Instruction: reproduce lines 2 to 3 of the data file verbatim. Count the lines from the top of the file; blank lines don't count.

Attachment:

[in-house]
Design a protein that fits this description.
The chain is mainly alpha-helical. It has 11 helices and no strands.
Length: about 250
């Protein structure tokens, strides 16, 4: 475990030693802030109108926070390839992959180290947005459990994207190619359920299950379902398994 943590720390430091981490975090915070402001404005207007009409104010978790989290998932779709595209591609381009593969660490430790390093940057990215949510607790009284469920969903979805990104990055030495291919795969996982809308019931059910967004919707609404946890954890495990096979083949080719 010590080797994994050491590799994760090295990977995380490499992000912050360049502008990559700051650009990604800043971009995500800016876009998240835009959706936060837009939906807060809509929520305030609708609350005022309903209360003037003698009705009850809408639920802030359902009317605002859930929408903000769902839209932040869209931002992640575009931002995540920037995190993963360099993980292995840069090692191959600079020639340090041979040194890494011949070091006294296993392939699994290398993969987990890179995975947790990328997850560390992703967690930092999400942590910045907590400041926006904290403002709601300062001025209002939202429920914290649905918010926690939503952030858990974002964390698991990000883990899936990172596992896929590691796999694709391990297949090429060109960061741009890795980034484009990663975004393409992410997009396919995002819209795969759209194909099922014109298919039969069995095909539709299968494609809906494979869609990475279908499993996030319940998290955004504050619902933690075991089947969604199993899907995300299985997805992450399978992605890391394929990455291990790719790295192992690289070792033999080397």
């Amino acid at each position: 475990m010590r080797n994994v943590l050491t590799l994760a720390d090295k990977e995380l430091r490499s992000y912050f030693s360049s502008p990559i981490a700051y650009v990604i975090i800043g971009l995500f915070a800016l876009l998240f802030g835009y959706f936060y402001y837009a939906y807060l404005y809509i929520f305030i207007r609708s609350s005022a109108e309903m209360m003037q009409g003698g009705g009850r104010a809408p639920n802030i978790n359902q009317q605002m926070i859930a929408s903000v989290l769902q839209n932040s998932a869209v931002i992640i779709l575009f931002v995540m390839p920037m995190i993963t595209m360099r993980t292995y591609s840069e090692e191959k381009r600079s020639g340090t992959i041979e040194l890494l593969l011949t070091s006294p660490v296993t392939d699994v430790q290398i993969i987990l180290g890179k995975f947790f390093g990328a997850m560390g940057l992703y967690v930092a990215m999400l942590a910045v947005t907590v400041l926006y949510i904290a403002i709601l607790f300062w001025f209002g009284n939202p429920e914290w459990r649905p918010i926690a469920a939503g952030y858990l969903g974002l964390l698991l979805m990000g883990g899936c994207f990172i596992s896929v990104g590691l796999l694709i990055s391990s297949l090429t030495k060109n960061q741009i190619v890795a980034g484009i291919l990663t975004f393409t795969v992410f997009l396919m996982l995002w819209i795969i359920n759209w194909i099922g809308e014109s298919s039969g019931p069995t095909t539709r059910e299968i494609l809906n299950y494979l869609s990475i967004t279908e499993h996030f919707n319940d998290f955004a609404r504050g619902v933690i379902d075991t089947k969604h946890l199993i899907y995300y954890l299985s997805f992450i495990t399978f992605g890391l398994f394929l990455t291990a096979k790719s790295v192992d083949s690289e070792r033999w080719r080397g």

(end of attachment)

Design a protein that fits this description.
The chain is mainly alpha-helical. It has 11 helices and no strands.